Thomas Piketty isn't too impressed, either:
Progressives such as Princeton economist Paul Krugman seized on Mr. Piketty’s thesis to justify policies they have long wanted—namely, very high taxes on the wealthy.
Now in an extraordinary about-face, Mr. Piketty has backtracked, undermining the policy prescriptions many have based on his conclusions. In “About Capital in the 21st Century,” slated for May publication in the American Economic Review but already available online, Mr. Piketty writes that far too much has been read into his thesis.
Though his formula helps explain extreme and persistent wealth inequality before World War I, Mr. Piketty maintains, it doesn’t say much about the past 100 years.
Apparently, the economic science isn't as settled (in their favor) as our left wing thought.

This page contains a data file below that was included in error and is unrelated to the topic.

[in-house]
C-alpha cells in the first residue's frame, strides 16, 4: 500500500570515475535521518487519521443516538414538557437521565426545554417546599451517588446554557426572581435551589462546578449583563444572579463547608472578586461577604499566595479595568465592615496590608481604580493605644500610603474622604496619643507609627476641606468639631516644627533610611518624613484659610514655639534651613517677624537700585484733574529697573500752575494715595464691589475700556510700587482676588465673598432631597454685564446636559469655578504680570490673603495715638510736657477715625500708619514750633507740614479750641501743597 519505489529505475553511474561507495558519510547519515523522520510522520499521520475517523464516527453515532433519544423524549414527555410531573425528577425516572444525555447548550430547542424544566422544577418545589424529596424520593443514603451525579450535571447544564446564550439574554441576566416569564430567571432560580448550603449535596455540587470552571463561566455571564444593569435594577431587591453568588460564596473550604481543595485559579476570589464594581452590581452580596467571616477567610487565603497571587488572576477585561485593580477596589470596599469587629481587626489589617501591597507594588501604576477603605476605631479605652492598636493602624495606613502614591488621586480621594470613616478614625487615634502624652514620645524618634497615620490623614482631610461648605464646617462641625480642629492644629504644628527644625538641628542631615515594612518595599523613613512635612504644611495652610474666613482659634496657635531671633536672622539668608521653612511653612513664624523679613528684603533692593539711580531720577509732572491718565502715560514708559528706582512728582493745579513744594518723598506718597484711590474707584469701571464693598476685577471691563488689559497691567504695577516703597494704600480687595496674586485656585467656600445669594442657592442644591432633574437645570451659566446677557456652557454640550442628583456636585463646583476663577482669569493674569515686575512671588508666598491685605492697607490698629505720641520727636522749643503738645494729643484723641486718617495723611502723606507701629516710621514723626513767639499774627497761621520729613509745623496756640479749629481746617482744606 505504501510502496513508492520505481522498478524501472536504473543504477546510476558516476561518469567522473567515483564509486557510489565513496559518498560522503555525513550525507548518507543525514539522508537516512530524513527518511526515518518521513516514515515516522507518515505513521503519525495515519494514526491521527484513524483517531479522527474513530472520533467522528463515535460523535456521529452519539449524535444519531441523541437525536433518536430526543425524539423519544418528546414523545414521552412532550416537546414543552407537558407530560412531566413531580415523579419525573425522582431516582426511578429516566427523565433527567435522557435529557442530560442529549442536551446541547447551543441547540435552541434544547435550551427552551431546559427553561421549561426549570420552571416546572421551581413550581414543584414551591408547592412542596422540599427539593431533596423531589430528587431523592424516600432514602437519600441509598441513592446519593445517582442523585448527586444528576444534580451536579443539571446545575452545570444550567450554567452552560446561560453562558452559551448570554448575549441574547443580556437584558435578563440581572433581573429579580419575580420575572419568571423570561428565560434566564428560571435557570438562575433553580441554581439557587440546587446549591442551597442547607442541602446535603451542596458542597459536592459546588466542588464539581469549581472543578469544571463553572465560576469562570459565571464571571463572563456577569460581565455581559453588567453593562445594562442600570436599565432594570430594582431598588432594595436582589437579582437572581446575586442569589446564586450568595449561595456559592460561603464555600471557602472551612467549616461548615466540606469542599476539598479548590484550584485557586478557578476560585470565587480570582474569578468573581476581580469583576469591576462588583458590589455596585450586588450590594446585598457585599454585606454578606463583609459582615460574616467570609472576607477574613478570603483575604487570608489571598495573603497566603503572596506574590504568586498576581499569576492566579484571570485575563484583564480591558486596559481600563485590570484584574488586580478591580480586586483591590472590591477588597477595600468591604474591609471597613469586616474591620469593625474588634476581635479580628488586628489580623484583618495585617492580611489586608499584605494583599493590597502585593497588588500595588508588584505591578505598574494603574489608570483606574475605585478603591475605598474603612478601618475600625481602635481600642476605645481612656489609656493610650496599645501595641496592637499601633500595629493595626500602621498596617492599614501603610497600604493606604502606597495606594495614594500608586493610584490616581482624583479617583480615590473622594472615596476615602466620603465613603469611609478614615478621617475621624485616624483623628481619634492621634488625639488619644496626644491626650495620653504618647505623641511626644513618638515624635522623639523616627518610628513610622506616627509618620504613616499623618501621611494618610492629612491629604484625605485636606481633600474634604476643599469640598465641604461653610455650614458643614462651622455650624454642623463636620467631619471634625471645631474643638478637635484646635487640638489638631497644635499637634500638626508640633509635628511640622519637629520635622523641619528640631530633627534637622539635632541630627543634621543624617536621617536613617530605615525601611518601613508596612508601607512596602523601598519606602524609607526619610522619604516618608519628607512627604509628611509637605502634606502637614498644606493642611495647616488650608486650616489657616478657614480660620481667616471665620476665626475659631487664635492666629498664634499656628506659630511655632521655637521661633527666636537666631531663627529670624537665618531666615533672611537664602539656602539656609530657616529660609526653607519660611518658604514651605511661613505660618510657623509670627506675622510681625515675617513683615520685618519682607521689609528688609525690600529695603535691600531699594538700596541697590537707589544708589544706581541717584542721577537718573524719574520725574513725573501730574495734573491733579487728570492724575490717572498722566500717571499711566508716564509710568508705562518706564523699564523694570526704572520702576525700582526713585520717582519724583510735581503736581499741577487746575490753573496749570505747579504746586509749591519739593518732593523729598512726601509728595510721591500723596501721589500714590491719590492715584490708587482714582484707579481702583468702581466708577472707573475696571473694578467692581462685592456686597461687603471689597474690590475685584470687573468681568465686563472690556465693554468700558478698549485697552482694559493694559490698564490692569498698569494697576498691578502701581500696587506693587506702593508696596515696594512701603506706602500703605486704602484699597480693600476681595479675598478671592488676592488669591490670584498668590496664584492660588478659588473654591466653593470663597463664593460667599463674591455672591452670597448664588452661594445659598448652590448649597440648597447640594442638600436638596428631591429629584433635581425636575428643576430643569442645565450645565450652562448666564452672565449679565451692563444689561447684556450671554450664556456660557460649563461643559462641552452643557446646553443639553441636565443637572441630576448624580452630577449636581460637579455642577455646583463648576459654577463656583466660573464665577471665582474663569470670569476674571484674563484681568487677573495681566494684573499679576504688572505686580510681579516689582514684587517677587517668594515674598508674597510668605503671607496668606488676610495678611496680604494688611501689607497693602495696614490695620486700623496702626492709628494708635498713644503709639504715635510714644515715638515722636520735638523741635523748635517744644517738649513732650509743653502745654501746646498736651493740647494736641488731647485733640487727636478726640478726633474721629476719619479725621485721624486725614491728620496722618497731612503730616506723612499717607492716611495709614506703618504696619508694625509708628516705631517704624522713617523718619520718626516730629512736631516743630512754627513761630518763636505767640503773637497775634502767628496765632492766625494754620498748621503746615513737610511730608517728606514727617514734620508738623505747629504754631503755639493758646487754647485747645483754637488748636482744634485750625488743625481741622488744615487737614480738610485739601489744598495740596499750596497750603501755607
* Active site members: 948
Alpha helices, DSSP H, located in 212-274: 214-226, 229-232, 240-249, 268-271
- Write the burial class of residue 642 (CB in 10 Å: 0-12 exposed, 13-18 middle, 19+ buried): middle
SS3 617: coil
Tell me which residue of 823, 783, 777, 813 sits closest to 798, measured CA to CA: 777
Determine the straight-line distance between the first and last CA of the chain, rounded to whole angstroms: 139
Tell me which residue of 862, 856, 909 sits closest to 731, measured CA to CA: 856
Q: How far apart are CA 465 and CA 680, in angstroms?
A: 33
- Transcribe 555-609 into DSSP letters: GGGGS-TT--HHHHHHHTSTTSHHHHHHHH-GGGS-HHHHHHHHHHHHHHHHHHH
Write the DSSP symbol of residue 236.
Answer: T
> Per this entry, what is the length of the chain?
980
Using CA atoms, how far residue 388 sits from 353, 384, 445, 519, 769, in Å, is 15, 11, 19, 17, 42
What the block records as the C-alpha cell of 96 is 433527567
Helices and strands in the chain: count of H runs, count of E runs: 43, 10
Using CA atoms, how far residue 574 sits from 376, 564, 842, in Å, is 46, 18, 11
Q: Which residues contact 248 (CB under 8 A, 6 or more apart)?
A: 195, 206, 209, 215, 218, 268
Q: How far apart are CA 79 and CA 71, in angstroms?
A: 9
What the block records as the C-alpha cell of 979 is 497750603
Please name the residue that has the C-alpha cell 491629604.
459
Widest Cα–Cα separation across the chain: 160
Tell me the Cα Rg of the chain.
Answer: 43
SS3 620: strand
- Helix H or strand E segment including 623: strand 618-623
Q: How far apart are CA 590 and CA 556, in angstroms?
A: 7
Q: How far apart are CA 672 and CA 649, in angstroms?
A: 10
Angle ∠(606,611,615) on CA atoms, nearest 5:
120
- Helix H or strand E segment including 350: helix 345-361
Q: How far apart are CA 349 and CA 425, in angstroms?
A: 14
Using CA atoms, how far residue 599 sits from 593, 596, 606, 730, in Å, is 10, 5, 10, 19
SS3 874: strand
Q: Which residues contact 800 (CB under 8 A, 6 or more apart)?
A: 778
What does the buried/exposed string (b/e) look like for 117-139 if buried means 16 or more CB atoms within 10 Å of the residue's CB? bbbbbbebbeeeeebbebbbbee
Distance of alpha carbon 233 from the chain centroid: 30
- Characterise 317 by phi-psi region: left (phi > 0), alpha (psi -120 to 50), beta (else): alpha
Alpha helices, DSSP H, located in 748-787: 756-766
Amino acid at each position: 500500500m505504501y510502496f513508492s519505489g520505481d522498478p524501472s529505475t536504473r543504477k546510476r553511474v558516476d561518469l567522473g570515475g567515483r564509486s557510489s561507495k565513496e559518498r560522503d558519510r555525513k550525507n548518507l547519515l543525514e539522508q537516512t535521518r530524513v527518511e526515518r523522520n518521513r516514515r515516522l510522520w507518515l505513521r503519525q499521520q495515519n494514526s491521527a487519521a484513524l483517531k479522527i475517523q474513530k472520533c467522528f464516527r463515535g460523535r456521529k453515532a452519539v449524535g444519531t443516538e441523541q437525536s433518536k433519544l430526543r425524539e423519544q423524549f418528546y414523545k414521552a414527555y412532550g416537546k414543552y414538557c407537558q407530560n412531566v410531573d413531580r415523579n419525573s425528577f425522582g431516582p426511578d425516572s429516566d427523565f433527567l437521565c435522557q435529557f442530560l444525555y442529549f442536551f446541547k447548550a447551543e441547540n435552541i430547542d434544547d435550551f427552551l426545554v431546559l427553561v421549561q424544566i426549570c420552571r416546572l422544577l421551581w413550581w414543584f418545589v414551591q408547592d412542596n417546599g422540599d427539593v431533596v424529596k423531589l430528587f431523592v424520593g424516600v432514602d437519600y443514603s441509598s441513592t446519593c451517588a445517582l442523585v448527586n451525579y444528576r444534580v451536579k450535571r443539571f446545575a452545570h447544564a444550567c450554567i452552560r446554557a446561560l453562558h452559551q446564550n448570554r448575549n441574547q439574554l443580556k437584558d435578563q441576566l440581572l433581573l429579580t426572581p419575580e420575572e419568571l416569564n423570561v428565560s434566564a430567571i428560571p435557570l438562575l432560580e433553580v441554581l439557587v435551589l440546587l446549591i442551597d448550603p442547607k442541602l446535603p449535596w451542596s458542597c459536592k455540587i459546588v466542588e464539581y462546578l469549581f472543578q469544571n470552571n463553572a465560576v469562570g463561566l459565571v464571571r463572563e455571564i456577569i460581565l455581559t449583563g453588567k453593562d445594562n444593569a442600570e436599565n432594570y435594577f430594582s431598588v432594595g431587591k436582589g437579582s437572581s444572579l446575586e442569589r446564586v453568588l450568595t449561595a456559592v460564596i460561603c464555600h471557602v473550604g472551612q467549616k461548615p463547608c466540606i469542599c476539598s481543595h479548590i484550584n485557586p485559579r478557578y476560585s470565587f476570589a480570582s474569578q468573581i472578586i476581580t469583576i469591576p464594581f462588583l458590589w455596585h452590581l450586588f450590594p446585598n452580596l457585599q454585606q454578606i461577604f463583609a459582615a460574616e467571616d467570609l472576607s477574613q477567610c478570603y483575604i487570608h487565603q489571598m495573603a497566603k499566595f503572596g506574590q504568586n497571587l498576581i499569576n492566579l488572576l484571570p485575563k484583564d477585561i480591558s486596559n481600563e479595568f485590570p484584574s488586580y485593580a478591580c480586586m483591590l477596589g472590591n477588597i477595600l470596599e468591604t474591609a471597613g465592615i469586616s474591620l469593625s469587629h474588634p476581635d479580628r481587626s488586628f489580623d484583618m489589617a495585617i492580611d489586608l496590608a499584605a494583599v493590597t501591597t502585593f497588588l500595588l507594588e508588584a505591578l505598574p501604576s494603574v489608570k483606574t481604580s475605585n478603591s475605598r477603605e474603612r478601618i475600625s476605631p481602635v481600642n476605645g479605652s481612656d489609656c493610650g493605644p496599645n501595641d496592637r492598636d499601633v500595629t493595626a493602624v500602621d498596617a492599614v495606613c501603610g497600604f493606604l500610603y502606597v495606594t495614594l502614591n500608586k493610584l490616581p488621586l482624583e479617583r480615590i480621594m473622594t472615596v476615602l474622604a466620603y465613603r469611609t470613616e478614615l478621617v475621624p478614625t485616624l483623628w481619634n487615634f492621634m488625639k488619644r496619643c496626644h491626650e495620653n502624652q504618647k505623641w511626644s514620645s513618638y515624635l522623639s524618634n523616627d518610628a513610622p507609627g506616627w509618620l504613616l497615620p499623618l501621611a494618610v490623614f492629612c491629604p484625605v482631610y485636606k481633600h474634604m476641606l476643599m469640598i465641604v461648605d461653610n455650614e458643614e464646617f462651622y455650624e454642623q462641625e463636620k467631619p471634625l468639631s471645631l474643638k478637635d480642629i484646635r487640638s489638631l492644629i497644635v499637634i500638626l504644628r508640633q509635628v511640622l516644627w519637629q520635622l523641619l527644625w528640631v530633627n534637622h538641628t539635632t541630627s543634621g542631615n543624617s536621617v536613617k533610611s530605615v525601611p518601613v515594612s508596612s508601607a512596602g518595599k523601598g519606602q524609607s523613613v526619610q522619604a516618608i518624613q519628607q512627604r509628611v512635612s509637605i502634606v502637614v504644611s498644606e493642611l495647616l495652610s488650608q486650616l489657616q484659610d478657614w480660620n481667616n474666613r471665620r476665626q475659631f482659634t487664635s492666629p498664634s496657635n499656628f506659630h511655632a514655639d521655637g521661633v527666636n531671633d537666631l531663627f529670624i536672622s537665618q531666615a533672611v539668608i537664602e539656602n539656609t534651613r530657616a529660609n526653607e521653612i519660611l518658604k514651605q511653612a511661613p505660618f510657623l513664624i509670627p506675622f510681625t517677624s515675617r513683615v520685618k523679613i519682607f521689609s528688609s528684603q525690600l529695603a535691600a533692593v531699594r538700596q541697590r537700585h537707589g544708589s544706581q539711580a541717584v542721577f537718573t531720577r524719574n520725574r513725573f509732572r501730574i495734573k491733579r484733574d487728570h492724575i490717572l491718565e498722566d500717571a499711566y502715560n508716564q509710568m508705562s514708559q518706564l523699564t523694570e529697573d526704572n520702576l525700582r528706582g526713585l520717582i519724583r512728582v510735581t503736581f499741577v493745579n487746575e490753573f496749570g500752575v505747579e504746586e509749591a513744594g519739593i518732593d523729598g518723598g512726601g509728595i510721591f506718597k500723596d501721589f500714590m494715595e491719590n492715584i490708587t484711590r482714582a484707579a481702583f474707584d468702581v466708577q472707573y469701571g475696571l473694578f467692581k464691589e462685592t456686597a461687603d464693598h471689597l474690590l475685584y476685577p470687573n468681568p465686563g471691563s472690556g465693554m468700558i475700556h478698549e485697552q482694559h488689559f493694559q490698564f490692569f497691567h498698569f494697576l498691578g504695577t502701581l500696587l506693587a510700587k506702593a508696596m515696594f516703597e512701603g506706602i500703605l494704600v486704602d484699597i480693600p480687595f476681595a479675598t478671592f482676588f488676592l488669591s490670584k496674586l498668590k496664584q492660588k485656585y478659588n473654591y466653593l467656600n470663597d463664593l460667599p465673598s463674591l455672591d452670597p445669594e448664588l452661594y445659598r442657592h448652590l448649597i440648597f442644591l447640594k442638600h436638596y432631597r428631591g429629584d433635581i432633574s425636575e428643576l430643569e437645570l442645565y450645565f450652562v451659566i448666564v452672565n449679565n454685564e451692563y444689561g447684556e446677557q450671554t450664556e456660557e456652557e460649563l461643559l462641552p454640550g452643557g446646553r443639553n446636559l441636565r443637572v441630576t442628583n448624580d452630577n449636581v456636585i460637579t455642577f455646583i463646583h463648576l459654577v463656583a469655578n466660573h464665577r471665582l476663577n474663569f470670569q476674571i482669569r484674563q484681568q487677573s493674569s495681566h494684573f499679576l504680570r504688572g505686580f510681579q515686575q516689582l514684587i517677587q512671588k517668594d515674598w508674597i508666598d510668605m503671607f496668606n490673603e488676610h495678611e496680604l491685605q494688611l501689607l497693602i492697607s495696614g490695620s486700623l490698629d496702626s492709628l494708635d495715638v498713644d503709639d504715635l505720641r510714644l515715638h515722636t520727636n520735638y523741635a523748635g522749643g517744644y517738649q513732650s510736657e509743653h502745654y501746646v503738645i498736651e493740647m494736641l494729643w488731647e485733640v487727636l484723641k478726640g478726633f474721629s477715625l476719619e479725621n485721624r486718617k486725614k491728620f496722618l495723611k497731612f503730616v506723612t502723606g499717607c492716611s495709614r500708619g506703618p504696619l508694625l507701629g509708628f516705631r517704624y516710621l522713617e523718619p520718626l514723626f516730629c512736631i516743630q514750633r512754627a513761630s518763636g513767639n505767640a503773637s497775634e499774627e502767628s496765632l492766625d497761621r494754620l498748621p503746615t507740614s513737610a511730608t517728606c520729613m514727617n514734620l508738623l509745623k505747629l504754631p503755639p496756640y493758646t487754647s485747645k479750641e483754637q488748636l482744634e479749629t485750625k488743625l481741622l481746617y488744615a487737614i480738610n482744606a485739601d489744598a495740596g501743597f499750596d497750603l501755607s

The United States on Monday declared Venezuela a national security threat and ordered sanctions against seven officials from the oil-rich country in the worst bilateral diplomatic dispute since socialist President Nicolas Maduro took office in 2013.
Remember when our Left loved Venezuela and the redistribution of income policies that the Left said Hugo and his mini-me Maduro implemented, but which have run the economy into the ground and made even the Obama administration conclude that those nutballs in Caracas are dangerous?
You have to admit, redistributing increasingly worthless currency in Venezuela will be useful as even toilet paper is in short supply.